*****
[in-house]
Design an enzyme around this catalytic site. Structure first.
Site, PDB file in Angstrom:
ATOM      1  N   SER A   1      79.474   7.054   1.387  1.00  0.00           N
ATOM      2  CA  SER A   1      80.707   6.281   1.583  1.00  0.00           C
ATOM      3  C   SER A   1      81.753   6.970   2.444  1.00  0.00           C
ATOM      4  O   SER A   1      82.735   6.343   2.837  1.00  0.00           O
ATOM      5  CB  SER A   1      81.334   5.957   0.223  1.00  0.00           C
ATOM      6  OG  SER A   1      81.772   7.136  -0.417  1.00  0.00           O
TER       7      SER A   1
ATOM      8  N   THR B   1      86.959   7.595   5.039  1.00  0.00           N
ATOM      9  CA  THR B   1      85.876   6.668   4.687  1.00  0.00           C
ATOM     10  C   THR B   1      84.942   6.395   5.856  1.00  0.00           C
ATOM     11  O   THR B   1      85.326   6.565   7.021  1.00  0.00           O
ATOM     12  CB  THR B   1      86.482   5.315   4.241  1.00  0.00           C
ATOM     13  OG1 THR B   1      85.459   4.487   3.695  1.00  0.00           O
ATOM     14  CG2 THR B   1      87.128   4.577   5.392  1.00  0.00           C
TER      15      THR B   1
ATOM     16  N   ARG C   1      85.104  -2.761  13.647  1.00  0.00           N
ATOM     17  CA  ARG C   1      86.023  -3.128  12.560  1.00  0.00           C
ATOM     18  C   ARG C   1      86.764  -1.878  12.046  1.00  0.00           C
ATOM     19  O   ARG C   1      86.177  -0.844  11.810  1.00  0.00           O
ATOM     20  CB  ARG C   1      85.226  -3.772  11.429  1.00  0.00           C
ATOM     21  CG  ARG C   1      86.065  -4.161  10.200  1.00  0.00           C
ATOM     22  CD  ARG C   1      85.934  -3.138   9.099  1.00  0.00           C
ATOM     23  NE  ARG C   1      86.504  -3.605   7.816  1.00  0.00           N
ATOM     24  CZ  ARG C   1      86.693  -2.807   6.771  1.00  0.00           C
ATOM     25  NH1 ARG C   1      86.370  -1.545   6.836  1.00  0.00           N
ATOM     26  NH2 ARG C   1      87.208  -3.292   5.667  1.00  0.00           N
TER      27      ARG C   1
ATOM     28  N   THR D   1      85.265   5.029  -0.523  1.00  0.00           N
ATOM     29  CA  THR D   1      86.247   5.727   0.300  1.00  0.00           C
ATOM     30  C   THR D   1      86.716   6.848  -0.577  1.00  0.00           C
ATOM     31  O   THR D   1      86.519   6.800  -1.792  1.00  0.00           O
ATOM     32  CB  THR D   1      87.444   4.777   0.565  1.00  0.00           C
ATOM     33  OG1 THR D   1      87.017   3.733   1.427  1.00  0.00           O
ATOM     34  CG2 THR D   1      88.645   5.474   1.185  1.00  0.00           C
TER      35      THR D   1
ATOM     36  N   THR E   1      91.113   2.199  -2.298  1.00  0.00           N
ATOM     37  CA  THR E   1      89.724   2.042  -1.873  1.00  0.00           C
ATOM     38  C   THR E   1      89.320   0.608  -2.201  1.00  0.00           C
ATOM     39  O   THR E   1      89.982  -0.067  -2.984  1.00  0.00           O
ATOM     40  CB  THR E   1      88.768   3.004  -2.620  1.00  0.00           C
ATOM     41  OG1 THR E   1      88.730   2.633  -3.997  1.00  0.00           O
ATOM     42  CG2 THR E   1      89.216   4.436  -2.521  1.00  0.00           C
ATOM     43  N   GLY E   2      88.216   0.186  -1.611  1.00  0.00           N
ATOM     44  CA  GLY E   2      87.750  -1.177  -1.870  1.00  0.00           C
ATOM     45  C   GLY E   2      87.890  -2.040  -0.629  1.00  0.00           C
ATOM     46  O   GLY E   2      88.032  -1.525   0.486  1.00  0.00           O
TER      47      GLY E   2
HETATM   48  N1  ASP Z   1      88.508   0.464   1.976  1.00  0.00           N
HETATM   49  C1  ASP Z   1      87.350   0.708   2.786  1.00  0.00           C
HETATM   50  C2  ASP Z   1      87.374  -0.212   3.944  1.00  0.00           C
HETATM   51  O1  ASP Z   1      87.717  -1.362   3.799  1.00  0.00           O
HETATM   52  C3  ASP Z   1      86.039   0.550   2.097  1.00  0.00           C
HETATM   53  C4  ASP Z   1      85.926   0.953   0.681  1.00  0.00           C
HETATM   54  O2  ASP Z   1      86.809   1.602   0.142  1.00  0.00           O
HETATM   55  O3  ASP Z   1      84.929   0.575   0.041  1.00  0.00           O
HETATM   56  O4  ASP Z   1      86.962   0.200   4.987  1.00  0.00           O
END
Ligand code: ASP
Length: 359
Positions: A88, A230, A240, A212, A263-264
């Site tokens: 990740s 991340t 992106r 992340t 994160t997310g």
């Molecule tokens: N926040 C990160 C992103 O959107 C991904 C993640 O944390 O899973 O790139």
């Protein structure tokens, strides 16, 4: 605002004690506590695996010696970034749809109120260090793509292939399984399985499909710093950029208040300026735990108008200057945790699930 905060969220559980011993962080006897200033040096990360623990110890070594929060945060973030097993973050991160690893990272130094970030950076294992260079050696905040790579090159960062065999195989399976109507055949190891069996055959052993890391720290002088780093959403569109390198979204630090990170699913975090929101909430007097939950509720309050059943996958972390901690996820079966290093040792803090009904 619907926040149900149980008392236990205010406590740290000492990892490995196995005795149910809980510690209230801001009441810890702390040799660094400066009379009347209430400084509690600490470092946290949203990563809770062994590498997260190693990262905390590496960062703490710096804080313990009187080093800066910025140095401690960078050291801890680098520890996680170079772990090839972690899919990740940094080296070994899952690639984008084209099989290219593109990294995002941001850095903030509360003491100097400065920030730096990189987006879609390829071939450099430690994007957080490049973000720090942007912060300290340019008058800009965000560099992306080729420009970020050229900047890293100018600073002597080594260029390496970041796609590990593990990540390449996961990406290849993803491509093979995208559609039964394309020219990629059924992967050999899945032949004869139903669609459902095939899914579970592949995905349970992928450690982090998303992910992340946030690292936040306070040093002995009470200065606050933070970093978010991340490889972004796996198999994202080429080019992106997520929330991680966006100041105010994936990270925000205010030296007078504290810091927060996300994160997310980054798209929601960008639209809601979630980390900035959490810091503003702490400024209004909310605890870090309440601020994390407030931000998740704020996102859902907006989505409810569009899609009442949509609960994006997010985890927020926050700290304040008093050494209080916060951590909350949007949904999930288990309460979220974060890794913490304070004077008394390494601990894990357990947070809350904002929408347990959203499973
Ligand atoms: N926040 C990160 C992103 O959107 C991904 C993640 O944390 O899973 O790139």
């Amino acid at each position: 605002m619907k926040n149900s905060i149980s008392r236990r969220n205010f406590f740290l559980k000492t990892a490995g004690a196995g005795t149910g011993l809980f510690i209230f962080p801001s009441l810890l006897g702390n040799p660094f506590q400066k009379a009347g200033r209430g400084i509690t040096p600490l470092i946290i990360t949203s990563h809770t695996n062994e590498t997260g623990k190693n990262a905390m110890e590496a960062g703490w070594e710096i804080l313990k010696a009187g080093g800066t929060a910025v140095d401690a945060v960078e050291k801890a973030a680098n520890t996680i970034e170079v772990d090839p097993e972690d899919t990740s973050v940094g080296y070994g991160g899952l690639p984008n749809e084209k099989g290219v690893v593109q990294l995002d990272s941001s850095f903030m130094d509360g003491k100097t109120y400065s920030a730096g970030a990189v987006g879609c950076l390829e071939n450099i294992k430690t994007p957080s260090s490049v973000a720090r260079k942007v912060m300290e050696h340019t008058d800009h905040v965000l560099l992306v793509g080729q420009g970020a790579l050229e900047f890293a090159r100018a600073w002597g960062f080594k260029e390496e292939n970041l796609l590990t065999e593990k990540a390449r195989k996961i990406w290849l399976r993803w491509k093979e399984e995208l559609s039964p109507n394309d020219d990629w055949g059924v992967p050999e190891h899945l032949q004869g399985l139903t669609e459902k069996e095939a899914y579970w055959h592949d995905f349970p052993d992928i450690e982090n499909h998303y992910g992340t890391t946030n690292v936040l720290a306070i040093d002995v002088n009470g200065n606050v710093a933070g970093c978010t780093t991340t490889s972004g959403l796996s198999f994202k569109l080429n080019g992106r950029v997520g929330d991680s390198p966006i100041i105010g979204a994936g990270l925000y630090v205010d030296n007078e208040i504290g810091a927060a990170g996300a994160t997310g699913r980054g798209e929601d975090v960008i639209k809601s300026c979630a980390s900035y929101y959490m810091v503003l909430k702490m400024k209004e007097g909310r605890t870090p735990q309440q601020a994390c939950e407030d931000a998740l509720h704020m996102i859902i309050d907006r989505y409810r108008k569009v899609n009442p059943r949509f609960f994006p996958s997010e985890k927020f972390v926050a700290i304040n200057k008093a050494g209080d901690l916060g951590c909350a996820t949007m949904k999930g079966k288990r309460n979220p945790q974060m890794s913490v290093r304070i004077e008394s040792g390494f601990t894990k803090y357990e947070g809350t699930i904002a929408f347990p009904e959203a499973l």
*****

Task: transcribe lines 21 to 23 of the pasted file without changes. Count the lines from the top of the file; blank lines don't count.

ATOM     18  C   ARG C   1      86.764  -1.878  12.046  1.00  0.00           C
ATOM     19  O   ARG C   1      86.177  -0.844  11.810  1.00  0.00           O
ATOM     20  CB  ARG C   1      85.226  -3.772  11.429  1.00  0.00           C